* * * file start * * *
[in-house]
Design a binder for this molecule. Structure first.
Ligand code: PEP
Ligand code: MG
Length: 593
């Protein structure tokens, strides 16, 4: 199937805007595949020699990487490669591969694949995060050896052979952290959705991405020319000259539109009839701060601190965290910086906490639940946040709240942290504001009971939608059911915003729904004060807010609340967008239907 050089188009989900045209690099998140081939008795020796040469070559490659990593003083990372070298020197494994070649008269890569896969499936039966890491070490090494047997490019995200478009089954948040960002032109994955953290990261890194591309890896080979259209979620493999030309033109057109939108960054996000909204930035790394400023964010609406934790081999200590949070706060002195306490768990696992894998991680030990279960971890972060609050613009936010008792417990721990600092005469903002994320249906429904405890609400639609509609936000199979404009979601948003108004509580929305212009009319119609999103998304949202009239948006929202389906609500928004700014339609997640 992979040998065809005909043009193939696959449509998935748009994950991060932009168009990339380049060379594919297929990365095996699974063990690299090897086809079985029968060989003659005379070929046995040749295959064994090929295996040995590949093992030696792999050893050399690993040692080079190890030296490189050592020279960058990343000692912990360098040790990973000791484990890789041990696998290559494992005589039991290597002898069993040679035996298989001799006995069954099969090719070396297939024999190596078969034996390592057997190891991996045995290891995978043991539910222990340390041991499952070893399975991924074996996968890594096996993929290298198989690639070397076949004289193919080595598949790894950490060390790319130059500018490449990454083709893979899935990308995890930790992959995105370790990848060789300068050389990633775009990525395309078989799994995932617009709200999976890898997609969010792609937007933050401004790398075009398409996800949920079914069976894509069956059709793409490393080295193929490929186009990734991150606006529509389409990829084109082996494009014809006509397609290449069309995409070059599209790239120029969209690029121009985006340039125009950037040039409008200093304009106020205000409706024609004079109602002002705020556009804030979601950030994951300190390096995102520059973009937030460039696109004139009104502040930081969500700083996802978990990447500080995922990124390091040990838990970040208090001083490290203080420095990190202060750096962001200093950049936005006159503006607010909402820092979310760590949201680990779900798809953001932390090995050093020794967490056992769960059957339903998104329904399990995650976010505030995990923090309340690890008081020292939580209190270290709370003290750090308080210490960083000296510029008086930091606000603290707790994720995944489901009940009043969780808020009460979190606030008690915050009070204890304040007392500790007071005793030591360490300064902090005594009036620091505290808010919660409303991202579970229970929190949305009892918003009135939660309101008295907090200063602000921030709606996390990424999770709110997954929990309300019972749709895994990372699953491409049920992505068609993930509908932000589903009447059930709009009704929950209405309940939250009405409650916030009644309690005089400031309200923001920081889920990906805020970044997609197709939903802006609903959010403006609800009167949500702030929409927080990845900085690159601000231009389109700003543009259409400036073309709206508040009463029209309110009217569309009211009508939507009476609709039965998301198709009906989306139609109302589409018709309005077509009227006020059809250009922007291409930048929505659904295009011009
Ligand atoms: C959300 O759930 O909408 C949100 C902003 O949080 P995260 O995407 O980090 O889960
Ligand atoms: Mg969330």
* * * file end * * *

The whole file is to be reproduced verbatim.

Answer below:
[in-house]
Design a binder for this molecule. Structure first.
Ligand code: PEP
Ligand code: MG
Length: 593
């Protein structure tokens, strides 16, 4: 199937805007595949020699990487490669591969694949995060050896052979952290959705991405020319000259539109009839701060601190965290910086906490639940946040709240942290504001009971939608059911915003729904004060807010609340967008239907 050089188009989900045209690099998140081939008795020796040469070559490659990593003083990372070298020197494994070649008269890569896969499936039966890491070490090494047997490019995200478009089954948040960002032109994955953290990261890194591309890896080979259209979620493999030309033109057109939108960054996000909204930035790394400023964010609406934790081999200590949070706060002195306490768990696992894998991680030990279960971890972060609050613009936010008792417990721990600092005469903002994320249906429904405890609400639609509609936000199979404009979601948003108004509580929305212009009319119609999103998304949202009239948006929202389906609500928004700014339609997640 992979040998065809005909043009193939696959449509998935748009994950991060932009168009990339380049060379594919297929990365095996699974063990690299090897086809079985029968060989003659005379070929046995040749295959064994090929295996040995590949093992030696792999050893050399690993040692080079190890030296490189050592020279960058990343000692912990360098040790990973000791484990890789041990696998290559494992005589039991290597002898069993040679035996298989001799006995069954099969090719070396297939024999190596078969034996390592057997190891991996045995290891995978043991539910222990340390041991499952070893399975991924074996996968890594096996993929290298198989690639070397076949004289193919080595598949790894950490060390790319130059500018490449990454083709893979899935990308995890930790992959995105370790990848060789300068050389990633775009990525395309078989799994995932617009709200999976890898997609969010792609937007933050401004790398075009398409996800949920079914069976894509069956059709793409490393080295193929490929186009990734991150606006529509389409990829084109082996494009014809006509397609290449069309995409070059599209790239120029969209690029121009985006340039125009950037040039409008200093304009106020205000409706024609004079109602002002705020556009804030979601950030994951300190390096995102520059973009937030460039696109004139009104502040930081969500700083996802978990990447500080995922990124390091040990838990970040208090001083490290203080420095990190202060750096962001200093950049936005006159503006607010909402820092979310760590949201680990779900798809953001932390090995050093020794967490056992769960059957339903998104329904399990995650976010505030995990923090309340690890008081020292939580209190270290709370003290750090308080210490960083000296510029008086930091606000603290707790994720995944489901009940009043969780808020009460979190606030008690915050009070204890304040007392500790007071005793030591360490300064902090005594009036620091505290808010919660409303991202579970229970929190949305009892918003009135939660309101008295907090200063602000921030709606996390990424999770709110997954929990309300019972749709895994990372699953491409049920992505068609993930509908932000589903009447059930709009009704929950209405309940939250009405409650916030009644309690005089400031309200923001920081889920990906805020970044997609197709939903802006609903959010403006609800009167949500702030929409927080990845900085690159601000231009389109700003543009259409400036073309709206508040009463029209309110009217569309009211009508939507009476609709039965998301198709009906989306139609109302589409018709309005077509009227006020059809250009922007291409930048929505659904295009011009
Ligand atoms: C959300 O759930 O909408 C949100 C902003 O949080 P995260 O995407 O980090 O889960
Ligand atoms: Mg969330």